You’ve probably heard the term “cute aggression” thrown around over the years. It describes the odd but seemingly common compulsion to smoosh, bite, or pinch—but not hurt—adorable things like babies and animals.
Researchers have for years been looking into why some people report feeling this way. Katherine Stavropoulos is an assistant professor of special education at the University of California, Riverside and the co-author of a new study on cute aggression. She told Gizmodo by phone she became interested in the phenomenon after her friend sent her an article about it citing Yale University research.
While previous research focused on the behavioral side of cute aggression, Stavropoulos’ research aimed to show that there was a neural element involved as well. She hypothesized that either the reward or emotion systems were involved, and her research seems to show it’s both.
“This relationship between brain activity and cute aggression seems to be influenced by how overwhelmed you feel,” Stavropoulos told Gizmodo. “So if you feel overwhelmed [when looking at cute things], you’re more likely to have this relationship between brain activity and cute aggression.”
For the study, published this week in the journal Frontiers in Behavioral Neuroscience, Stavropoulos examined cute aggression using EEG caps, which use electrodes to pick up electrical activity on the top of the scalp. Fifty-four people between the ages of 18 and 40 participated in the study, and all of them were shown four blocks of 32 images: “more cute” animals (or smol baby animals), “less cute” animals (which here meant adult animals), and two types of images of human babies.
The baby images they used were actually visual stimuli borrowed from fellow researchers, with both sets having been photo manipulated for especially cute facial features. In the first set, the features that make babies appear cute were more pronounced. Stavropoulos said this included bigger cheeks, smaller noses, and big eyes. In the other set of baby pictures—the same photos of the same children, mind you, just manipulated—the images were tweaked to have thinner cheeks, smaller eyes, and so on.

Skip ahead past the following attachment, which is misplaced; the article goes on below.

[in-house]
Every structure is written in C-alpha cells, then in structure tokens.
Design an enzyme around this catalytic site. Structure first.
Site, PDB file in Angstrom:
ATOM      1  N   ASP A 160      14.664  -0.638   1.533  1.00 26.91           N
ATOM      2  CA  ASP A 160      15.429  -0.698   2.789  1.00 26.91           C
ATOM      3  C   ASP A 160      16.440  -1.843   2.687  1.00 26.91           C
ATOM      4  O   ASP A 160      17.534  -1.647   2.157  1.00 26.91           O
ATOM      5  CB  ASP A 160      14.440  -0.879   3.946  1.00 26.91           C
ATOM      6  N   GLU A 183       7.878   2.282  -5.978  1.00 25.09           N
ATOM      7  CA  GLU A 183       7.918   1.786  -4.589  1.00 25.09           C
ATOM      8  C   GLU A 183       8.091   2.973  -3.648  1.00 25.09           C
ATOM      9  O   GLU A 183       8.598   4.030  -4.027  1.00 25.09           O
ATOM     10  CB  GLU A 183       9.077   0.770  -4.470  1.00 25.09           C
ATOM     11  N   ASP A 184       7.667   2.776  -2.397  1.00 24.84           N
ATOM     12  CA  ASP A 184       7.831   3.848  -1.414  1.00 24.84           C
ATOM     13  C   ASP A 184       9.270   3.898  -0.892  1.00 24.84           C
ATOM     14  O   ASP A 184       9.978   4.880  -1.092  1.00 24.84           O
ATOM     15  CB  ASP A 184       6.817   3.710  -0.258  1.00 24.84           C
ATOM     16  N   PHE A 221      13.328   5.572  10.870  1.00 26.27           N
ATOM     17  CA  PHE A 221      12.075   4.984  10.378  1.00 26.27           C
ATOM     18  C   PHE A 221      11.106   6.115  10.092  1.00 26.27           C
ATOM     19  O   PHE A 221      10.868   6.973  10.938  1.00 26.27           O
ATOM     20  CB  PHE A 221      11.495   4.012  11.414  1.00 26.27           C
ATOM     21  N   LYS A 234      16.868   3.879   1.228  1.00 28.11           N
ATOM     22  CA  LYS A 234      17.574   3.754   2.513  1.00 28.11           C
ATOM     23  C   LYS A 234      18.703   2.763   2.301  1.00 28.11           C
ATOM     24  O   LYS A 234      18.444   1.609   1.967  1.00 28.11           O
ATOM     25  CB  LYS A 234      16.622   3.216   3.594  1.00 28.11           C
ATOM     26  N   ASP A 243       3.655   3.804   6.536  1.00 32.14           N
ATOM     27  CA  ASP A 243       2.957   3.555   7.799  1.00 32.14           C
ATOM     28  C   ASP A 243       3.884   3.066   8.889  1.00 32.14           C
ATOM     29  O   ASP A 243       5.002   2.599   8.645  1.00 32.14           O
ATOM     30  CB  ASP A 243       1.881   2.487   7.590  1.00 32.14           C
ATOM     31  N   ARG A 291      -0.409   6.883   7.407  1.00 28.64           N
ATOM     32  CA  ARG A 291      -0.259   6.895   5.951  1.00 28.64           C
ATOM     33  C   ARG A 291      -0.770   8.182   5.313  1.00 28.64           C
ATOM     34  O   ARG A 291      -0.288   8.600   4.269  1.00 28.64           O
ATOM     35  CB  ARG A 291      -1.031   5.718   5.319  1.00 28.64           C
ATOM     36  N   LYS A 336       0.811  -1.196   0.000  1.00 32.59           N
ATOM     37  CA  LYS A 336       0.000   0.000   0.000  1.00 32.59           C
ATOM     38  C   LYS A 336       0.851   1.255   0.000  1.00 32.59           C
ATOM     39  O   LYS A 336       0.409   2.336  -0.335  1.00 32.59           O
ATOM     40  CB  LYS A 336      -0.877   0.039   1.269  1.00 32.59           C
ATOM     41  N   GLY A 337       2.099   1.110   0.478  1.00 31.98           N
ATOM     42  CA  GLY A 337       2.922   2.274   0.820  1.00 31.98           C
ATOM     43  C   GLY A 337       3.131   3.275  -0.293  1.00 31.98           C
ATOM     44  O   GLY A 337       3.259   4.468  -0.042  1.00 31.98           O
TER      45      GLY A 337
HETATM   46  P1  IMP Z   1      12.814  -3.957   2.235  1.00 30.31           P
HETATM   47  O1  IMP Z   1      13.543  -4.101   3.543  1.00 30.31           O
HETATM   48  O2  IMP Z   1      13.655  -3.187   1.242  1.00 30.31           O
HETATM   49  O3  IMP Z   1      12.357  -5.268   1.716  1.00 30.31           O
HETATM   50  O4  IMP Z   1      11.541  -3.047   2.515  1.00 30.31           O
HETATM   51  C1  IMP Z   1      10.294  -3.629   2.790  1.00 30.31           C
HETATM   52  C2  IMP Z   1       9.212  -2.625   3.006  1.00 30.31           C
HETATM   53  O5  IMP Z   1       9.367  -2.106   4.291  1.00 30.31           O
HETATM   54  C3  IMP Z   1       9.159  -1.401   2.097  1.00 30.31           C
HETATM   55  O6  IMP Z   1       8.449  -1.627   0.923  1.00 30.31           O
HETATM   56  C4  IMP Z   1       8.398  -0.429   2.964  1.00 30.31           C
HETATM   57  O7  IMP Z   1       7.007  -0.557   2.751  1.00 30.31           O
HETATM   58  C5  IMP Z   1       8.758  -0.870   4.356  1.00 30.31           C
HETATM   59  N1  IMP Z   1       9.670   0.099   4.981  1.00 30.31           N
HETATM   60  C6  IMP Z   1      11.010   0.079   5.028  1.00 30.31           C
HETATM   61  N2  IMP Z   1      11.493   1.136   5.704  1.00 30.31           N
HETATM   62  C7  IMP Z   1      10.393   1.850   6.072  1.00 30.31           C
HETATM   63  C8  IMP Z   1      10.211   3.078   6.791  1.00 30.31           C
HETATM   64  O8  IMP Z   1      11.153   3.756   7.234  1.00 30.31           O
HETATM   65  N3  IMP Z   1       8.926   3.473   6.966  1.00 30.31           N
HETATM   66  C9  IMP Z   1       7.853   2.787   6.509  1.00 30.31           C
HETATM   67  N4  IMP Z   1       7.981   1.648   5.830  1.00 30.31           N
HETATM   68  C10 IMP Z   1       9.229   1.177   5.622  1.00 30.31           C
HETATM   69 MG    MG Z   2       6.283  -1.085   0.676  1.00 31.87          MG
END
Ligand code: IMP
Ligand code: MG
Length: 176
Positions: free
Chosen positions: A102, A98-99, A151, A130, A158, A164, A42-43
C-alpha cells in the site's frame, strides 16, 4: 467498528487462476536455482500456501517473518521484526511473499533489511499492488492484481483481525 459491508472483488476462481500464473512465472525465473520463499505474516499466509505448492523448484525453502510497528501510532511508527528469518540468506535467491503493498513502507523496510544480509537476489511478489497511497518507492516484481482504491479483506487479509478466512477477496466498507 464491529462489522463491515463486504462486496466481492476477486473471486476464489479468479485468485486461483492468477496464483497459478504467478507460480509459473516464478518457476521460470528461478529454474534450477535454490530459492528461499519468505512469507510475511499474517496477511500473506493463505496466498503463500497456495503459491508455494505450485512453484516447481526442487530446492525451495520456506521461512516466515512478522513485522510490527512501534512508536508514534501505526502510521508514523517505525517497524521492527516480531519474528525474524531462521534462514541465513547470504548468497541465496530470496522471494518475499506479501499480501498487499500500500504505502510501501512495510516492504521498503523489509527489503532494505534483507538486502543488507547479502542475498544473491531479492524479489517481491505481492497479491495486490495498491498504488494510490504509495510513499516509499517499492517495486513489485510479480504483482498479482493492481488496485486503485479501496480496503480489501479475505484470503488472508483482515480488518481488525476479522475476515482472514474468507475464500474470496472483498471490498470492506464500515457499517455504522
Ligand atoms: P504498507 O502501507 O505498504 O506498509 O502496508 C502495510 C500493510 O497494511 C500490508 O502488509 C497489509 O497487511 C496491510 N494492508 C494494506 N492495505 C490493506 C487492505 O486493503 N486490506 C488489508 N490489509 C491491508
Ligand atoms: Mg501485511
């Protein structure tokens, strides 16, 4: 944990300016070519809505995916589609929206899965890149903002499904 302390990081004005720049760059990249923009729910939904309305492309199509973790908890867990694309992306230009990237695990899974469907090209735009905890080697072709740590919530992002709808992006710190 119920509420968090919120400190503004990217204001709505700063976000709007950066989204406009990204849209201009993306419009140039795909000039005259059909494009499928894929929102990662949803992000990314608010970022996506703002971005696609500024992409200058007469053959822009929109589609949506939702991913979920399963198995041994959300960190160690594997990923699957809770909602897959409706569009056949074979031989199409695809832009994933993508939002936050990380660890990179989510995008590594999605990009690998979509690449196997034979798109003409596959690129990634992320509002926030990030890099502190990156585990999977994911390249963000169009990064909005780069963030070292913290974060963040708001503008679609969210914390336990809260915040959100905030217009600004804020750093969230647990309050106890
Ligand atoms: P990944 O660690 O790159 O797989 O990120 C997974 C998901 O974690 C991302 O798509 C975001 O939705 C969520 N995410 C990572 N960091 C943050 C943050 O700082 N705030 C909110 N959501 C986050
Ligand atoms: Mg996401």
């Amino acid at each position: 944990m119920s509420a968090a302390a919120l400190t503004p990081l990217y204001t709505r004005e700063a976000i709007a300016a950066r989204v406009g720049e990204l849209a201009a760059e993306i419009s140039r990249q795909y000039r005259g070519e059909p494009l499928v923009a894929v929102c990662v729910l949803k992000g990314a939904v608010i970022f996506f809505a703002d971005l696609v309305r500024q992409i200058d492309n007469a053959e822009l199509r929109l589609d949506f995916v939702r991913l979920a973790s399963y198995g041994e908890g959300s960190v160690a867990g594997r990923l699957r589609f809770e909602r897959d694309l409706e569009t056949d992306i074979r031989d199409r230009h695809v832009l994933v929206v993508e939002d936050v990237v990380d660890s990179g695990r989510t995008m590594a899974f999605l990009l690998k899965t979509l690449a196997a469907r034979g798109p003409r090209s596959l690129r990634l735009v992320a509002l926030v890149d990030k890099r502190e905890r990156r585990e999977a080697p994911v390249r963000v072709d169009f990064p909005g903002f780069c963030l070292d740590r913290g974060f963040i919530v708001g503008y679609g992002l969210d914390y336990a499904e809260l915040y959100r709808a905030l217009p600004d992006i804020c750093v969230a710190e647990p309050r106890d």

Participants were shown the pictures in a different order and watched each kind of picture for about three minutes before they were asked to fill out behavioral questionnaires. Answers that indicated cute aggression included ‘Saying ‘I want to eat you up!’ through gritted teeth,’ and ‘I want to squeeze something!’ One thing Stavropoulos pointed out, though, was that the research didn’t attempt to compare babies and animals to each other; instead, it looked at responses to the “more cute” and “less cute” condition for babies and animals respectively.
“What’s interesting is we saw really strong effects for the animals, so baby animals versus adult animals,” Stavropoulos told Gizmodo. “We definitely saw differences in brain and behavior, such that people reported more cute aggression for the more cute animals versus less cute animals.”
For babies, however, Stavropoulos said she and her study co-author, UCR doctoral student Laura Alba, didn’t find the effects they expected. But they think that has to do with differences in methods.
“Both babies [shown to participants] were objectively pretty cute, is the problem,” she said. “Adult animals and baby animals are strikingly different. But these pictures of babies were in fact so well photographically manipulated that they are both pretty cute looking.”
Stavropoulos said something she’d like to research in the future is specific scenarios that might be correlated with cute aggression, such as whether being a parent can influence this reaction in people to babies, or whether someone who has a dog might experience cute aggression towards household pets.
To be sure, Stavropoulos said, this isn’t a universal phenomenon. And those who don’t experience cute aggression may be scratching their heads at the notion of wanting to “bite” a child. (It’s not really like that!)
“Since I started doing this study about a year ago, I’ve been asking people at social gatherings, ‘Do you know what this is? Do you feel this way?’” Stavropoulos said. “What’s weird is the other 25 to 30 percent look at you like you have no idea what you’re talking about. Like, ‘What do you mean you want to punch a cute animal? That’s mean!’”
If do you feel the overwhelming urge to squish something you find especially adorable, you’re in good company. Stavropoulos said the other 70 to 75 percent of people she talks to totally get it.